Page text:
The Fighting Pride of the Philippines, Manny Pacquiao, may seem to fit the bill. He's an attentive Congressman on the islands, and when there's a fight looming, no athlete in the world trains as hard as fighters do. But even Pacman can be seen playing darts with his posse, engaging in serious religious group study, and the like. To put it another way, it's not that he doesn't have time to sleep with groupies, drink copious amounts of alcohol, or throw money away at a casino. It's that he chose to spend his time that he previously reserved for that past life, for the things that he currently does now.
So how does affect his choice to fight again?
When Juan Manuel Marquez defeated Pacquiao by knockout on December 8th, his elongated body plunged face-down into the mat, springing laughs, cries, and memes worldwide. After talking heads allowed the shock of the moment pass over, the first question they entertained, as always, is whether or not the beaten fighter will come back to the ring again.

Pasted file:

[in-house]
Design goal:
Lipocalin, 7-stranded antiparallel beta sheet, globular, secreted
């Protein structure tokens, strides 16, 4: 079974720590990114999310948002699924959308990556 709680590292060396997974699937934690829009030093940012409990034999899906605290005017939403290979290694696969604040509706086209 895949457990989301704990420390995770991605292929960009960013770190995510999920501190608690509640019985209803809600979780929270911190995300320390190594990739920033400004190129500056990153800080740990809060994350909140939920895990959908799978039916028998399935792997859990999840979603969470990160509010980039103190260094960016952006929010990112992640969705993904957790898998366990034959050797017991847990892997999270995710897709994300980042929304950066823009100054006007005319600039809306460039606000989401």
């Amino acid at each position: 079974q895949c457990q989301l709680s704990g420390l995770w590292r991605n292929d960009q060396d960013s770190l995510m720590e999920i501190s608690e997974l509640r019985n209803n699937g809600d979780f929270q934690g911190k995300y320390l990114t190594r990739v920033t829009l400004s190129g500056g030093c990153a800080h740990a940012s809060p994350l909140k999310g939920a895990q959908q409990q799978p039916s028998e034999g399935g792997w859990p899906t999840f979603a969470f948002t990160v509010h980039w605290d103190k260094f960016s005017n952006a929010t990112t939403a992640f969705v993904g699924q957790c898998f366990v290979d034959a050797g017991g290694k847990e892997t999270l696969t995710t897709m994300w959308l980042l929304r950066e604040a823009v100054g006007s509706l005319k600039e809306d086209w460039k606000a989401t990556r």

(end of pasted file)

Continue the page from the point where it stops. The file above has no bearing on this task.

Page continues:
And from there, the possibilities are endless. Is Pacquiao too old to fight again? Does he need to gain a competitive advantage the way Marquez
"You smell like America," my father said.
Merry Christmas Manny. Give your wife, your family, and your country what it needs, but not necessarily what it deserves (obligatory Batman reference whenever possible), and call it a career. Championships in eight different weight classes will defeat any argument that proposes to tarnish your legacy. There is nothing left to prove. By not choosing to fight again, you'll have more of the most precious commodity that you can use for the betterment of a nation that forced my parents to come here in order to give me a better life. You'll have an enormous surplus of the only limitless asset we will ever have: time.